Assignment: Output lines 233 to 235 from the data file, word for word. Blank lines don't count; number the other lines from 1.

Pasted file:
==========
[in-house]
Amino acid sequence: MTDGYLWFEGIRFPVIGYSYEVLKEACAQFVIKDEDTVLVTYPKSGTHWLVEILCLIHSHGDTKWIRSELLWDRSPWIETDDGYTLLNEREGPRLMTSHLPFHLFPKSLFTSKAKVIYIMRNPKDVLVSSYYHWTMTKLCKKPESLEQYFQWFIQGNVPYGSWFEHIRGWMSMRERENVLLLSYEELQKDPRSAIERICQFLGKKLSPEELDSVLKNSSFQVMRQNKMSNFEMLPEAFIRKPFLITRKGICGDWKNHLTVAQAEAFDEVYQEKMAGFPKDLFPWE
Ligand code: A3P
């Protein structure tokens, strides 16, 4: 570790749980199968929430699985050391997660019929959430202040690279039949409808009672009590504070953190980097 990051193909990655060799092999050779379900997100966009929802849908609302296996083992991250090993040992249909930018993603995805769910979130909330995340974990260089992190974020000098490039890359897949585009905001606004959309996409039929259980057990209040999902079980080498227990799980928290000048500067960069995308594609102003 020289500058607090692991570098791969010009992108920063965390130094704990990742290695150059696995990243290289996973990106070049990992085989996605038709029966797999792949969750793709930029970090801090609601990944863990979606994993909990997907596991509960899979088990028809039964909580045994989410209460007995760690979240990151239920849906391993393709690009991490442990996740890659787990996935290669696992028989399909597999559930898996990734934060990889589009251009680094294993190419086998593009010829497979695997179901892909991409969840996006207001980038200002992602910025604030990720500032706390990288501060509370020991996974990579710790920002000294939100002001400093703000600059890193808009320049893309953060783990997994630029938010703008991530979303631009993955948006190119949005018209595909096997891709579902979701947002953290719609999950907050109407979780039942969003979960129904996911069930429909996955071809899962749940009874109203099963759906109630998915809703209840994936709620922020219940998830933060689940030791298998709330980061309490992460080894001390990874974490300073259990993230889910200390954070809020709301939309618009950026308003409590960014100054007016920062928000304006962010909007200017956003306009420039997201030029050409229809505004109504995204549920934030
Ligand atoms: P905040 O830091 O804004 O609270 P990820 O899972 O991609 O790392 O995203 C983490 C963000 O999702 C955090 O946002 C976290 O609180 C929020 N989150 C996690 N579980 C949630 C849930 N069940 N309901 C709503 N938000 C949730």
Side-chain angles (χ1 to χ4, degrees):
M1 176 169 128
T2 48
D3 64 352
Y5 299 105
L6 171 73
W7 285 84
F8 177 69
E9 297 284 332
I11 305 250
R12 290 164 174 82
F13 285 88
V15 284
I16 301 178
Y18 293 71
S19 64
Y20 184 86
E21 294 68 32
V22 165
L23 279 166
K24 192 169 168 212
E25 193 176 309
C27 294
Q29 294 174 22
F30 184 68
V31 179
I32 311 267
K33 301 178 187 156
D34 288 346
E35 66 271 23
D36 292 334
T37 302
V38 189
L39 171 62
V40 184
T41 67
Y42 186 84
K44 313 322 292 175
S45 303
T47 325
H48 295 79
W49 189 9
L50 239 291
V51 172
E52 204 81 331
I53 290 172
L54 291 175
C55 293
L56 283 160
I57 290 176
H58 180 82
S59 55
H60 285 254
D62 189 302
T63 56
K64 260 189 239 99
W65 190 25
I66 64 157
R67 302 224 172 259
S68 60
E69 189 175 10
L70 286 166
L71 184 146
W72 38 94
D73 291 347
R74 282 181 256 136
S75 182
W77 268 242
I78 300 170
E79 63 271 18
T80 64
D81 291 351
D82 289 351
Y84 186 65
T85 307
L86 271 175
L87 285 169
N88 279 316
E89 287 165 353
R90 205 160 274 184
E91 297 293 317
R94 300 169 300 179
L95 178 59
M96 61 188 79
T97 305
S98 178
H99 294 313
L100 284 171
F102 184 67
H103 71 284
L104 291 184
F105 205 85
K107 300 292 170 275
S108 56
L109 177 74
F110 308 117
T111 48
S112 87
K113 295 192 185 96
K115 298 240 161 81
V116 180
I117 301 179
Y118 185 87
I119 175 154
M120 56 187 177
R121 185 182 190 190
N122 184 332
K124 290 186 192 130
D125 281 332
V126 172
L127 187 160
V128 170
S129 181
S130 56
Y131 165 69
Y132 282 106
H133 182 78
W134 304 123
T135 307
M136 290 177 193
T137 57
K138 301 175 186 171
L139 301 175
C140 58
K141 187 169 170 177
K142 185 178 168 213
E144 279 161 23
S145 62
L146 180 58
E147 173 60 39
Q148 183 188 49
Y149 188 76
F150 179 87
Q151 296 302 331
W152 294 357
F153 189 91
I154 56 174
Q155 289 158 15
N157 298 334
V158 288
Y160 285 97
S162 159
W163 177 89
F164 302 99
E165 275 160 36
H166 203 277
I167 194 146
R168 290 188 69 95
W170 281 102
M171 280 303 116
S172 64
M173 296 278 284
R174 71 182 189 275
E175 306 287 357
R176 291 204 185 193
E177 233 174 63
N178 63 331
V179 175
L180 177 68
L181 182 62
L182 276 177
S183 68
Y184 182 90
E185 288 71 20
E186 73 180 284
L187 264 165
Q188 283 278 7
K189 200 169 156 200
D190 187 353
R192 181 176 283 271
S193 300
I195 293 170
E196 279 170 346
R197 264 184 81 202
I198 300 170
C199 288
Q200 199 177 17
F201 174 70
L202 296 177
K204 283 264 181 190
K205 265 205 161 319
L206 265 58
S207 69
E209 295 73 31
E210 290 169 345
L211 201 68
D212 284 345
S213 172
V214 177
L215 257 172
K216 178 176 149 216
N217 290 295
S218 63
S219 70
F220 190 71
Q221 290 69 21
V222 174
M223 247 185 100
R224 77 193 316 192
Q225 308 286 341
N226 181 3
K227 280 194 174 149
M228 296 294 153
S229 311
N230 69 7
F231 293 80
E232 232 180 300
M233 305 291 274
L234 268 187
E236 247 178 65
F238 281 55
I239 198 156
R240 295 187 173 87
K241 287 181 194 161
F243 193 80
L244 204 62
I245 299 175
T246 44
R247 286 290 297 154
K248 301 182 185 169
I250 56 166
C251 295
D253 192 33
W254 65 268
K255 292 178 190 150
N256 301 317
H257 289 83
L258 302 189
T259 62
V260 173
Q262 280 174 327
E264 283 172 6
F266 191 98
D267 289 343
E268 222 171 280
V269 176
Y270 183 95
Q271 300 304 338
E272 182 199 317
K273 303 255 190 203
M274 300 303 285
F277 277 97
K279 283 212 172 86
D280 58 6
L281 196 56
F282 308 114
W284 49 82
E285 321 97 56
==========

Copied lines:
L258 302 189
T259 62
V260 173